OTTAWA—An international review of Canada's economic immigration system suggests the country is doing well when it comes to how it selects and welcomes foreign workers.
But the report from the Organization for Economic Co-operation and Development suggests that some tweaks would be helpful to ensure the needs of the economy are actually being met.
The OECD study comes as Quebec debates whether to slash the number of immigrants it accepts, and ahead of a federal election in which the immigration file is expected to be a major point of discussion.
The organization reviewed how Canada recruits foreign labour—from the Express Entry program that sees the government effectively “invite” people to come to Canada permanently, to programs geared towards temporary workers.
Their analysis is that the system is largely working, but point out flaws such as the fact that the screening policy leaves room for political tinkering and that too many professional credentials from outside the country are not recognized in Canada.
The OECD released its report on Thursday alongside federal Immigration Minister Ahmed Hussen, whose Liberal government made several changes to the Express Entry system initially designed by the previous Conservatives.
The international body says some of the Liberal changes—such as reducing the number of points an applicant received for having a job offer—helped better align what the labour market requires and who is applying for entry.
The study suggests, however, that there are still mismatches occurring in the way the system is run.
For example, what gets an applicant into the pool of potential invitees doesn't align with what leads to an invitation to immigrate, making it harder for areas with labour shortages to get the candidates they need.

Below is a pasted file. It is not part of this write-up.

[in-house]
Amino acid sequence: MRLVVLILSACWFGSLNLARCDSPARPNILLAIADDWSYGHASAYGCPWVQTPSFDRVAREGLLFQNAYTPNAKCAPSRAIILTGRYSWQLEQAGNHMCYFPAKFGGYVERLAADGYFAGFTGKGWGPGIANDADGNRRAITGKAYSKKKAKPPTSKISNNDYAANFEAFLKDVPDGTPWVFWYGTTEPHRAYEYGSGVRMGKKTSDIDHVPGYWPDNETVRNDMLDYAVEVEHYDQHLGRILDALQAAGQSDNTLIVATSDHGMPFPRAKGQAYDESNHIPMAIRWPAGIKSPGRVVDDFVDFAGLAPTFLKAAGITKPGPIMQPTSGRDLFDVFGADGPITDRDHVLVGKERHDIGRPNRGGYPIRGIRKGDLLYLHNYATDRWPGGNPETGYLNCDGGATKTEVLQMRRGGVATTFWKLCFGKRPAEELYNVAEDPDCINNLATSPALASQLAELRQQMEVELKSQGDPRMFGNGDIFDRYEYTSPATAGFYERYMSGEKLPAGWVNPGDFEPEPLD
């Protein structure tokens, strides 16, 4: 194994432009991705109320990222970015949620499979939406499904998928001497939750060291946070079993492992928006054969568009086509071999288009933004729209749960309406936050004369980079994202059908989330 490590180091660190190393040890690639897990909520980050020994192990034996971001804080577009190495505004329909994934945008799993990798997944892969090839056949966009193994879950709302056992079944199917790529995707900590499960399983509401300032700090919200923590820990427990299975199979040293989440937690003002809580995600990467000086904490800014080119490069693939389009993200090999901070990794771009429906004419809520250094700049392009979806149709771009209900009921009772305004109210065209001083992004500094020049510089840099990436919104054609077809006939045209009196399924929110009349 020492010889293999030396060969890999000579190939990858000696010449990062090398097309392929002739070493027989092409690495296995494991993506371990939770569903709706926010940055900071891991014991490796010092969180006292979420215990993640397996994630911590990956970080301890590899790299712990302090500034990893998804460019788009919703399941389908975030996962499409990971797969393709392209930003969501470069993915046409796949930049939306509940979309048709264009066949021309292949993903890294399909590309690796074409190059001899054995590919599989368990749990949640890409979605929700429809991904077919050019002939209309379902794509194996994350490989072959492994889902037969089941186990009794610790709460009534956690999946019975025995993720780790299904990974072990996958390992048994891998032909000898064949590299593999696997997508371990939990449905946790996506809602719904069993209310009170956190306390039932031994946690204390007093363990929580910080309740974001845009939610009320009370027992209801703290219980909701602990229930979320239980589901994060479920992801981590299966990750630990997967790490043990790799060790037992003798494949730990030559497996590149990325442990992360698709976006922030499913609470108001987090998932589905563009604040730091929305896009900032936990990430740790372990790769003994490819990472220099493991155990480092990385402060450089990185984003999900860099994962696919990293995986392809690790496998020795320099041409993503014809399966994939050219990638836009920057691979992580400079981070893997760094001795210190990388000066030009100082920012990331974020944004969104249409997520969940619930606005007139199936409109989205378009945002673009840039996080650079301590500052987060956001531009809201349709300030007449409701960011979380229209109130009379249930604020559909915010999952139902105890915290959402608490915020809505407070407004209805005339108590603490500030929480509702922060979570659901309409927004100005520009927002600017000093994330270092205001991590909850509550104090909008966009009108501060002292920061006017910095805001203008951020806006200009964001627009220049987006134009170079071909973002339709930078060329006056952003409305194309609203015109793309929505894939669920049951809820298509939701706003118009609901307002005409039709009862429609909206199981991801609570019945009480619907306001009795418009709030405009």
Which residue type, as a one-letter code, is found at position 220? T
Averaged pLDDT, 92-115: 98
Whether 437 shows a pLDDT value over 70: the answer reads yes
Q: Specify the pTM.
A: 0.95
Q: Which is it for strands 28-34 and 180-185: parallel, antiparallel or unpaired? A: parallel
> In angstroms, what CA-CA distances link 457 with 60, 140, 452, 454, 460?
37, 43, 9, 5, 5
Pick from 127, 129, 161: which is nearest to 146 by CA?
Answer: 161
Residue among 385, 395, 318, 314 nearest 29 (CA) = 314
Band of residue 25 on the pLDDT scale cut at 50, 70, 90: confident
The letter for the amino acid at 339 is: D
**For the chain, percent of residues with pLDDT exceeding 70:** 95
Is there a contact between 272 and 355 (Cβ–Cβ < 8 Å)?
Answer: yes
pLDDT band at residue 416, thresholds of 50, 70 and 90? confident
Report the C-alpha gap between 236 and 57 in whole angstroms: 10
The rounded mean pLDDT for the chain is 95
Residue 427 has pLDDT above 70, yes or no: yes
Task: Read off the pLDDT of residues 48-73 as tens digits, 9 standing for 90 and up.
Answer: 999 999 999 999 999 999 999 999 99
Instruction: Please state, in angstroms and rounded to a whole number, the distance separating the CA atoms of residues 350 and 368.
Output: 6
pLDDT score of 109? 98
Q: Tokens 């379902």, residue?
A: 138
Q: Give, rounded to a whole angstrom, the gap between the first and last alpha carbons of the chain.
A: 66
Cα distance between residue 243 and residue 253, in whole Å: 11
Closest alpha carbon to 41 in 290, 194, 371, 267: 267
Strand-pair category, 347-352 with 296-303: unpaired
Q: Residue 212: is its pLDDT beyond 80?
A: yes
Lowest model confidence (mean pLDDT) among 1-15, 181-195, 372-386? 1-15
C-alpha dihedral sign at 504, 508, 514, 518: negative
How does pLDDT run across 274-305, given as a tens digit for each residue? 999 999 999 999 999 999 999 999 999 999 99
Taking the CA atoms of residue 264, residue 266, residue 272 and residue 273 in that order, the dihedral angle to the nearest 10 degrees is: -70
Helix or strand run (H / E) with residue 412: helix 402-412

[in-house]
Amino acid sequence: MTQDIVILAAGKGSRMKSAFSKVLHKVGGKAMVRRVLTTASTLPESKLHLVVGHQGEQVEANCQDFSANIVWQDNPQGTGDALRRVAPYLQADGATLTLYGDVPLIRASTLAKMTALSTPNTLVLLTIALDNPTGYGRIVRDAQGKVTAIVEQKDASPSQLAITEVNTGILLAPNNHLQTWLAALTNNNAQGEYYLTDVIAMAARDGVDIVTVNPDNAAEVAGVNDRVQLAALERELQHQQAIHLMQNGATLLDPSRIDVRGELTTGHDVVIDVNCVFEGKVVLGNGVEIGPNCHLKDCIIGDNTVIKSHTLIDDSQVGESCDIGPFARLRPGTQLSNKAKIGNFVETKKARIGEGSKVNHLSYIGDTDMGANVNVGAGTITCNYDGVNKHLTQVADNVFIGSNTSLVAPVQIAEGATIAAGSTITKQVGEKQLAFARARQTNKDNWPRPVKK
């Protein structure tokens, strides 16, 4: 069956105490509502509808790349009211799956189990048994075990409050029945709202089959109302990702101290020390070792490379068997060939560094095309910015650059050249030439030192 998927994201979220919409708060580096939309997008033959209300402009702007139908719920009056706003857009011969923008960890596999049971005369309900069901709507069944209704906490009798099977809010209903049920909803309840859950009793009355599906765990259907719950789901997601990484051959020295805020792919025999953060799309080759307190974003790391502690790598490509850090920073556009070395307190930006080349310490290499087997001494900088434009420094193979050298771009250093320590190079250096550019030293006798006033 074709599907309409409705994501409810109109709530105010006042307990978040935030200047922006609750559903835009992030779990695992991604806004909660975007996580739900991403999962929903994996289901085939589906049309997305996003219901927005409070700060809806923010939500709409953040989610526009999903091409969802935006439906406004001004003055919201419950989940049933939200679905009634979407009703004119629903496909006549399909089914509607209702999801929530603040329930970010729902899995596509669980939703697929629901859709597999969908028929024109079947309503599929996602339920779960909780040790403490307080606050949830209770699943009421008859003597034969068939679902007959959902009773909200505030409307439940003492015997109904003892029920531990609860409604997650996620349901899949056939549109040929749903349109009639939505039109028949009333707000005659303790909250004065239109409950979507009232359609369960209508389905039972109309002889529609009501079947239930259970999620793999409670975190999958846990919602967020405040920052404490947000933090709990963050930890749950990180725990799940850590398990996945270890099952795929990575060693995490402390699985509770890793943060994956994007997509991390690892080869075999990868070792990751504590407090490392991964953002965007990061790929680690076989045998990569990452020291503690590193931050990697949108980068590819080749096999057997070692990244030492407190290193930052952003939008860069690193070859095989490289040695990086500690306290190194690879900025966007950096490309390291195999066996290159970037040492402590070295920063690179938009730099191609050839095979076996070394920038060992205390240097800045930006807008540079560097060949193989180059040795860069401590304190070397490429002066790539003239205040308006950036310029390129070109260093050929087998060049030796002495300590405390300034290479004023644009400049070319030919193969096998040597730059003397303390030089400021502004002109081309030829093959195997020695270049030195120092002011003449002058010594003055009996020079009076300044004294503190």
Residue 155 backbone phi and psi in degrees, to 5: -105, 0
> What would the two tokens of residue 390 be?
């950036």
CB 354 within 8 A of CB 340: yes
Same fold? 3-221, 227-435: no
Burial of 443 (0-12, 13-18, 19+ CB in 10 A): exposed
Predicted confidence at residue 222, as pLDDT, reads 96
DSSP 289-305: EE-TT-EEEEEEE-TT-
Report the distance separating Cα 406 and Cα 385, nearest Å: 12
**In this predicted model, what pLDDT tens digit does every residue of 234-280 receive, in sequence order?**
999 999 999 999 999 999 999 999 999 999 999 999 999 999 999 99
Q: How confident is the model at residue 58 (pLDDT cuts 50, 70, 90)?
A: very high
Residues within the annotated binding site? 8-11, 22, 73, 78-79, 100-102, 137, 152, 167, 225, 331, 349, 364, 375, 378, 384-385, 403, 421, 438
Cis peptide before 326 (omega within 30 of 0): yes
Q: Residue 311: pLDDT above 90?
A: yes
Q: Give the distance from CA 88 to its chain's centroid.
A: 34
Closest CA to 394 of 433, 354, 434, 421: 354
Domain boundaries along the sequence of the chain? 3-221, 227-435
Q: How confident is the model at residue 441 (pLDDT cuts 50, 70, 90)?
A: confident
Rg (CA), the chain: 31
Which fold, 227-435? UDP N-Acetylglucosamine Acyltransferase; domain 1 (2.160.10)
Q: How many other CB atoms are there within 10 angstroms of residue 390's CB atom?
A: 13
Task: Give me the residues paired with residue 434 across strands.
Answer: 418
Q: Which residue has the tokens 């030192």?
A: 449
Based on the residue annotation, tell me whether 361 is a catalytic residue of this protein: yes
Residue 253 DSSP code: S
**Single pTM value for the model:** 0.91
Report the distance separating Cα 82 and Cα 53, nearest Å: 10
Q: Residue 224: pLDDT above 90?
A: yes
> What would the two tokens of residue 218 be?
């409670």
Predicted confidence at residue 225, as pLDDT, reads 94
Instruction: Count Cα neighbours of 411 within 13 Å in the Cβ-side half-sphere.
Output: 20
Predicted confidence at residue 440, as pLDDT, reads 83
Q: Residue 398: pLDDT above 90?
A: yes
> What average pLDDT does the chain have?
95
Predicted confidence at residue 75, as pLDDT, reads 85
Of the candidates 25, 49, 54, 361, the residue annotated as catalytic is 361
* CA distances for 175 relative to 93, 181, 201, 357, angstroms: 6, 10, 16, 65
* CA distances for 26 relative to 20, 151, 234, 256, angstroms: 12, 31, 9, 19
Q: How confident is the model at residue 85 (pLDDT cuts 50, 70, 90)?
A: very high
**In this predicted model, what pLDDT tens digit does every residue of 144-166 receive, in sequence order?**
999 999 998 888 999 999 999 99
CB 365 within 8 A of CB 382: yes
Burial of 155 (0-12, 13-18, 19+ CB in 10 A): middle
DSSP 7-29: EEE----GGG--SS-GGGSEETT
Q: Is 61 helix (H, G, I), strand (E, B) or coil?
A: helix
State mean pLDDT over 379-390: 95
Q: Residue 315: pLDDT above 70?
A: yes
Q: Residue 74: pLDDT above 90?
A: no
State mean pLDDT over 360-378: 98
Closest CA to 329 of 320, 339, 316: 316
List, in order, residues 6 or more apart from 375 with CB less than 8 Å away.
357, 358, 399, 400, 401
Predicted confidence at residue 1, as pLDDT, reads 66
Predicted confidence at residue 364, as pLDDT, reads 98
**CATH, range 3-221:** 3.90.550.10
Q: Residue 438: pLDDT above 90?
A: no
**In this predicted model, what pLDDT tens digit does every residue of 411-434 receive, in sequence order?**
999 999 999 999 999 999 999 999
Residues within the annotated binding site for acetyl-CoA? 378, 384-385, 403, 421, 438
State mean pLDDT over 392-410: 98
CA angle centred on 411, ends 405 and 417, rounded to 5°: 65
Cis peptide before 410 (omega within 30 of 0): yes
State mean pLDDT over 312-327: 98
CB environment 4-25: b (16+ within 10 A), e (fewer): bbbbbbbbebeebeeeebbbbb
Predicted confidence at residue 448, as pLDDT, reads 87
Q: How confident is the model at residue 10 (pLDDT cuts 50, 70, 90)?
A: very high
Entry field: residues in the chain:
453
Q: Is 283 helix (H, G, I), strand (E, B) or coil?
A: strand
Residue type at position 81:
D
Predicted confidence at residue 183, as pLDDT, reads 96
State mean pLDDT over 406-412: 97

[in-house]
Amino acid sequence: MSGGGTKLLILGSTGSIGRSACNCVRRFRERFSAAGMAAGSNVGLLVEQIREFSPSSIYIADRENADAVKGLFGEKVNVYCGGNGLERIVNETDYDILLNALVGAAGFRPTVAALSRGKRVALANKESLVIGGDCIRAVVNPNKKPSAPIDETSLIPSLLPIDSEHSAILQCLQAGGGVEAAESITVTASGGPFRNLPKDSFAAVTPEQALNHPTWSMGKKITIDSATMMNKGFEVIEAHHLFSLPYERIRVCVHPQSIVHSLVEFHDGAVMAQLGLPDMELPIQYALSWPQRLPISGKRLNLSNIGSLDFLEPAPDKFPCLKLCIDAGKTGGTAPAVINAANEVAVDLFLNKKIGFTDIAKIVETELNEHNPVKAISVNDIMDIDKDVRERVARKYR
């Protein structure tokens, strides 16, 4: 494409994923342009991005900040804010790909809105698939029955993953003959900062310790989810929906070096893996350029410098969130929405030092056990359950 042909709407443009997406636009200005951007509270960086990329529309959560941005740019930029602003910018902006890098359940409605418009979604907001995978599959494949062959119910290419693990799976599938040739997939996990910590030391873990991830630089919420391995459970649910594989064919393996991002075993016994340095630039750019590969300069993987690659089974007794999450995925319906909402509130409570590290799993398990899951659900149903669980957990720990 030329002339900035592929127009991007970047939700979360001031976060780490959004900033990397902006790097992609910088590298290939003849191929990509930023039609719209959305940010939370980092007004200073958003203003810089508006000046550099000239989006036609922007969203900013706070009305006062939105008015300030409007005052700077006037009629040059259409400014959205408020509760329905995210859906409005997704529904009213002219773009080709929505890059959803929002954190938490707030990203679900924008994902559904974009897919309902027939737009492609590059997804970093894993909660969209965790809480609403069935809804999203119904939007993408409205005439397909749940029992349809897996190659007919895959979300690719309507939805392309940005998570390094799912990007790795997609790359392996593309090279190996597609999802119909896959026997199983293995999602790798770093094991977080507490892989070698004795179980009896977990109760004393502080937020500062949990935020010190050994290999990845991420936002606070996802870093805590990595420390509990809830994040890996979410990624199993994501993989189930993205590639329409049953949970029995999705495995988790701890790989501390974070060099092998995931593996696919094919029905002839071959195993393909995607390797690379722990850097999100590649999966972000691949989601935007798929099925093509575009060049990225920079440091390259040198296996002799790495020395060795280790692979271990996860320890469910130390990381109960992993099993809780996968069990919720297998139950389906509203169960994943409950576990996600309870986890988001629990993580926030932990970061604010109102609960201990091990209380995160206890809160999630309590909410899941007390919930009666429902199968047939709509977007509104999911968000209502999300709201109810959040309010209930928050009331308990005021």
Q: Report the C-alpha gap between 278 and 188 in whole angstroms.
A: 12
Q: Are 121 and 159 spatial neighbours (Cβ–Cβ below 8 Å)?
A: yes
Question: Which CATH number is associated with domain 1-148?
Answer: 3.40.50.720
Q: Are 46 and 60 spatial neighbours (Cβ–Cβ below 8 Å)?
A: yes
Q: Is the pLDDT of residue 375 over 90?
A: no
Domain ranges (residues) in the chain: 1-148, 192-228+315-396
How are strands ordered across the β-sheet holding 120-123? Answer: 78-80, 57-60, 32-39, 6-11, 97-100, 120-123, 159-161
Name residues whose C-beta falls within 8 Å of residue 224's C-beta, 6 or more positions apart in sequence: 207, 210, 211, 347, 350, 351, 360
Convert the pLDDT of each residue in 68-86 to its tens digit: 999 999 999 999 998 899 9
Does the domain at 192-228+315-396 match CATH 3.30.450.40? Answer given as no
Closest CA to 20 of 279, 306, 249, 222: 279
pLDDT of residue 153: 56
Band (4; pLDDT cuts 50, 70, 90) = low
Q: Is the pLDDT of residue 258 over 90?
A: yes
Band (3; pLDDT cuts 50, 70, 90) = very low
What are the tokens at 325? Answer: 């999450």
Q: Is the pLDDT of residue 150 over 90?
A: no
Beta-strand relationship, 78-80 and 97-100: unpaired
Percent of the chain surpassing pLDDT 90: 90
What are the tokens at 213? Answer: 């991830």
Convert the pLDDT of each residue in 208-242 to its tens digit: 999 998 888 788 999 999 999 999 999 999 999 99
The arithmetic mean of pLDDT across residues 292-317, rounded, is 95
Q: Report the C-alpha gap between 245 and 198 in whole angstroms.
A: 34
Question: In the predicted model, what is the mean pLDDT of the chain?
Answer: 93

About 85,000 economic immigrants a year settle in Canada and whether that number is too high, too low, or just right is a frequent political flashpoint, linked at times to whether newcomers integrate successfully into the country.
The Quebec government wants to cut the number of immigrants that province accepts, arguing that more work needs to be done to ensure they are matched with market need.
Some business groups are arguing the planned intake numbers are far too low, and others have said the plan—which comes as Quebec also pursues a so-called values test for newcomers—is part of an anti-immigrant push.
The OECD report did not specifically review Quebec's immigration program.
It operates independently of the federal system and other existing provincial systems for selecting economic immigrants.
But it did find in general that newcomers directly recruited and settled by the provinces often have better outcomes than those who are welcomed via federal programs.
Pledging to make the immigration system better and more responsive to labour market needs is a regular promise on the election campaign trail.
The Conservatives have already promised that under their government, they would improve the credential recognition system.
Among other things in the 2019 federal budget, the governing Liberals promised to make permanent a pilot project that fast-tracks the application process for certain kinds of employees.
The OECD study suggested that the Global Skills Strategy does live up to its promise, and suggested it be used as a template to help speed up temporary labour programs for other categories.